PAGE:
Now we can separate the custom query from facetwp admin by placing it anywhere in the theme php templates and add a facetwp argument. This would then enable FacetWP to detect the query.

Second Option: Custom WP_Query

If you’re trying to show facets on a WP page template (with a custom WP_Query), FacetWP won’t be able to auto-detect the query. You can nudge FacetWP into detecting the query by adding the query argument as shown below:

As an example, we wrote a custom query in a separate template instead of the FacetWP admin. This query will get detected by the Facetwp by setting the argument “facetwp” to true.

                         $emp_args = [    ‘posts_per_page’ => 1,
                                                        ‘post_type’ => ’employees’,
                                                        ‘facetwp’ => true,
                                                        ‘post__in’ => $empid,
                                                        ‘orderby’ => ‘date’,
                                                      ‘  meta_query’ => [   [
                                                               ‘key’ => ‘office_code’,
                                                               ‘value’ => ‘IL01’,
                                                               ‘compare’ => ‘LIKE’,
                                                        ]  ],
                                                        ‘no_found_rows’ => true,
                                                       ‘post_status’ => ‘publish’    ];                                                 

Third Option: facetwp_query_args

This filter lets you override the Query Arguments field from FacetWP templates. The Query arguments array (used by WP_Query) tells WP which posts to retrieve from the database.

As an example, in this hook we have a query argument for filtering the employees with the ‘practice_area’ taxonomy attached to it. Also we added conditional logic for restricting the query arguments for a particular template named ‘experts_template’.

                          add_filter(‘facetwp_query_args’, function ($query_args, $class){
                         if (‘experts_template’ == $class->ajax_params[‘template’]) {
                         $query_args[‘tax_query’] = [
                         [
                         ‘taxonomy’ => ‘practice_area’,
                         ‘operator’ => ‘EXISTS’,
                         ]
                         ];
                         }
                         return $query_args;
                         }, 10, 2); 

Final Option: facetwp_pre_filtered_post_ids

In this option, we can choose the initial bucket of post IDs before any filtering is applied. This is especially useful due to the WP limitation that prevents “post__in” and “post__not_in” from being used simultaneously.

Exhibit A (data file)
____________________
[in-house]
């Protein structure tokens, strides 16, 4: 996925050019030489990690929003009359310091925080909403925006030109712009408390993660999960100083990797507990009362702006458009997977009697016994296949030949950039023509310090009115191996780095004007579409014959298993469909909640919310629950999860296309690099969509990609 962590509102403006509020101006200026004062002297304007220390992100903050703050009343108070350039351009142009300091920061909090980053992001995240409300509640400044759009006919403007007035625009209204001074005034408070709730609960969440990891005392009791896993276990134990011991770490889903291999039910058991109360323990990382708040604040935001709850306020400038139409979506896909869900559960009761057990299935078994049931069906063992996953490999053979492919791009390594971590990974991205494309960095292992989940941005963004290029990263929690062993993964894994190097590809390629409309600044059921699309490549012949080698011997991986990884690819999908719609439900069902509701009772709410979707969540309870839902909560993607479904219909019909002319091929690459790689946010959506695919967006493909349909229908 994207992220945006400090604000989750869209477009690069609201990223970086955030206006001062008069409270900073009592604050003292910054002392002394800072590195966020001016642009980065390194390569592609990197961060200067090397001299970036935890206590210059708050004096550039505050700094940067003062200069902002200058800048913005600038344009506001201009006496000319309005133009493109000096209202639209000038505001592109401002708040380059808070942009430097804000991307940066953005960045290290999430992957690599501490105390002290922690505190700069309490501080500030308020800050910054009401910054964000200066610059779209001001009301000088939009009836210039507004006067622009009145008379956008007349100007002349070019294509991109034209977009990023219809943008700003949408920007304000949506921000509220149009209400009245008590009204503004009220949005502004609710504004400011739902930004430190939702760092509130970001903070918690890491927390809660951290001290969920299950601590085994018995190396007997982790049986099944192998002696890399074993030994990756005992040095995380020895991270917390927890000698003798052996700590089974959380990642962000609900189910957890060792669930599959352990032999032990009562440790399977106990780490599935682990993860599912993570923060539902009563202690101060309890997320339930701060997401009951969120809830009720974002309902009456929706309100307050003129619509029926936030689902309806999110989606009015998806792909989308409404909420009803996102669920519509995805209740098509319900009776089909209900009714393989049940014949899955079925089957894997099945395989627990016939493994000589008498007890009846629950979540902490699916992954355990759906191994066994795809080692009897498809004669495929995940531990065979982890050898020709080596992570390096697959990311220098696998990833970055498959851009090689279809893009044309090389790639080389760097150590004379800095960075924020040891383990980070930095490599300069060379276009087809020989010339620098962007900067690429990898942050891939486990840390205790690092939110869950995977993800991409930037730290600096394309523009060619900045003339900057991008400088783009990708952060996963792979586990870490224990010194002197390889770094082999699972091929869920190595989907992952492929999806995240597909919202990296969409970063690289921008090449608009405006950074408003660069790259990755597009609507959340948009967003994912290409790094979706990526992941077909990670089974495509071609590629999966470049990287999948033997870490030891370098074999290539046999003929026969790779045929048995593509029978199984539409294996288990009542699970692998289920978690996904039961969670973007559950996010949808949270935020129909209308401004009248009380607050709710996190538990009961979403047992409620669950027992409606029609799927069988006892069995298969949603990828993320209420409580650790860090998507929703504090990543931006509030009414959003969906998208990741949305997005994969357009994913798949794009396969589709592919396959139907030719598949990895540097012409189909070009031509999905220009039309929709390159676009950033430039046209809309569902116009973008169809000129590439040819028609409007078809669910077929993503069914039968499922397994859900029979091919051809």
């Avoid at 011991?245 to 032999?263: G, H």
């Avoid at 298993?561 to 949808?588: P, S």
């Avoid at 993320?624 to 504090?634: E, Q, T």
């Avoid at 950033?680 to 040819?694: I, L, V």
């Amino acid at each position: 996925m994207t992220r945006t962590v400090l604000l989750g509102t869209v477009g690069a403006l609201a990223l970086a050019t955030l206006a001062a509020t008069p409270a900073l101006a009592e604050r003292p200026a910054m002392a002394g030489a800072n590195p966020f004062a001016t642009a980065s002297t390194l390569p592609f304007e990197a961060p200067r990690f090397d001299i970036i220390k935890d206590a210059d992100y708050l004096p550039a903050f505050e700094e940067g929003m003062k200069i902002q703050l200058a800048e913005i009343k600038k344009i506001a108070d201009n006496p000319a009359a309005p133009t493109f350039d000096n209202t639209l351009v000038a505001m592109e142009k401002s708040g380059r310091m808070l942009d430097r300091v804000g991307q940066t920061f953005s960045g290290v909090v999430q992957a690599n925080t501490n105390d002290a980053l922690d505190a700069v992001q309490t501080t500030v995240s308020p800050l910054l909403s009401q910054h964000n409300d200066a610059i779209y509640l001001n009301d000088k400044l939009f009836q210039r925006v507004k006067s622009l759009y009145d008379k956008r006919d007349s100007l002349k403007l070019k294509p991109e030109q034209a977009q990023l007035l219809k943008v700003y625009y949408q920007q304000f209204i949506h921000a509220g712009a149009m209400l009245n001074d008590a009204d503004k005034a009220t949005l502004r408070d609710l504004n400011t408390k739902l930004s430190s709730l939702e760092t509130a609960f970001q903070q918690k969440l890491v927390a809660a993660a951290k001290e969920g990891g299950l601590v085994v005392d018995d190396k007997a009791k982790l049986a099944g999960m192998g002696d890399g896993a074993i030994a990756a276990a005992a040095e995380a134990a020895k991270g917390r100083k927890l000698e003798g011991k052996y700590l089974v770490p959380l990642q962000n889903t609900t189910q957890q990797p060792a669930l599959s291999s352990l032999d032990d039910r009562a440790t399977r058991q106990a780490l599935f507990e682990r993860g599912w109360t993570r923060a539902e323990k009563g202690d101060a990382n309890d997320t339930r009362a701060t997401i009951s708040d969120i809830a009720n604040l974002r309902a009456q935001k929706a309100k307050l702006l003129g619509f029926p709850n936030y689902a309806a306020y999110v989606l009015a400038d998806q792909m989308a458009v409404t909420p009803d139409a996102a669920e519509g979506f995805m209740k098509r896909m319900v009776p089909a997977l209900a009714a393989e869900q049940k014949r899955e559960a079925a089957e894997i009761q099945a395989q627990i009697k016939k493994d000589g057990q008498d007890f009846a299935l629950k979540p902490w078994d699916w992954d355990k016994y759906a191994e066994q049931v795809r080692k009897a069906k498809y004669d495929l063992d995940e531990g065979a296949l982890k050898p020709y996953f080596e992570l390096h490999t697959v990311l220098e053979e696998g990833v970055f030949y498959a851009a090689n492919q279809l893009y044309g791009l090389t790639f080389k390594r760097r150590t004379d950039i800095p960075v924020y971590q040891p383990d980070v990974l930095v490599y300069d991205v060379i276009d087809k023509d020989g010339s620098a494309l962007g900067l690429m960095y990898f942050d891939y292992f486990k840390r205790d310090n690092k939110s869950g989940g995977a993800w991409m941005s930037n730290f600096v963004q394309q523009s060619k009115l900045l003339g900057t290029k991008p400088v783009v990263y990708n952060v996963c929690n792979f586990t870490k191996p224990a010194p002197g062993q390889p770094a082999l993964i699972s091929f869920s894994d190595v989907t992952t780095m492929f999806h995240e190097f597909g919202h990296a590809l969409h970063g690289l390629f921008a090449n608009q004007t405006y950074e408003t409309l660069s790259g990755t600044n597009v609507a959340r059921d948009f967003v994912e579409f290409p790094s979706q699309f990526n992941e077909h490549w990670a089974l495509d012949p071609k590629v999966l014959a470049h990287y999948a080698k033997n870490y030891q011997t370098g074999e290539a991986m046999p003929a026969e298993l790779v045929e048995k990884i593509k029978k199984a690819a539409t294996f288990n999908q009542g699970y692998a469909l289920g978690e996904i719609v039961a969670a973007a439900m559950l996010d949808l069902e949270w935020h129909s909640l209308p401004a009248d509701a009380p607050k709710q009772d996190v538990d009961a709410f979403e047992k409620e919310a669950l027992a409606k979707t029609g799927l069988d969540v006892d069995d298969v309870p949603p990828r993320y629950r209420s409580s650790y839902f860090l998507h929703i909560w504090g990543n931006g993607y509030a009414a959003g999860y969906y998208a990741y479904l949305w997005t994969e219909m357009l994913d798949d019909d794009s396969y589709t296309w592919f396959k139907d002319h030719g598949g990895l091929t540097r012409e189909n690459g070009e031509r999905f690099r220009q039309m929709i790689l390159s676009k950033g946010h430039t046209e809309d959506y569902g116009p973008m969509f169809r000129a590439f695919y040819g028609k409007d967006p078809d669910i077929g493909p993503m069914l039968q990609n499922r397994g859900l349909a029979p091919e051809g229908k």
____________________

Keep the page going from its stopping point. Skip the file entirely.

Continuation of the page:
For example, in this following hook we are preventing a particular post from appearing in the query result using the post ID. 

                      add_filter( ‘facetwp_pre_filtered_post_ids’, function( $post_ids, $class ) {
                      if ( false !== ( $key = array_search( 42, $post_ids ) ) ) {
                      unset( $post_ids[ $key ] );
                      }
                      return $post_ids;
                      }, 10, 2 );

A very useful Add-on

There is a very useful FacetWP plugin called Conditional Logic. This plugin can set up many different conditions related to facet and facet template, and can be a great replacement for tons of custom js that might otherwise be needed.

For eg. the client requirements were as follows:

When the user first comes to the page, there would be no location selected. When both name + location are empty, we were required to show some static text (as shown above).

If the user typed in the “Search by Name” field, then we had to show results. 

Similarly, if the user selected his location, then we were required to show the results. At this stage, however, if you “cleared location”, then you were required to hide the results again (shown below)

As you can see, there was a lot of conditional logic around how the facets should behave. Implementing this manually would have required a ton of custom javascript. With the Conditional Logic plugin, we were able to simply define the rules (see below) and the plugin executed all the logic. 

Summary

In this post, we discussed how to implement faceted search while building a WordPress site. Specifically, we covered some key features of the FacetWP plugin and discussed how to implement advanced features such as building custom queries and implementing conditional logic.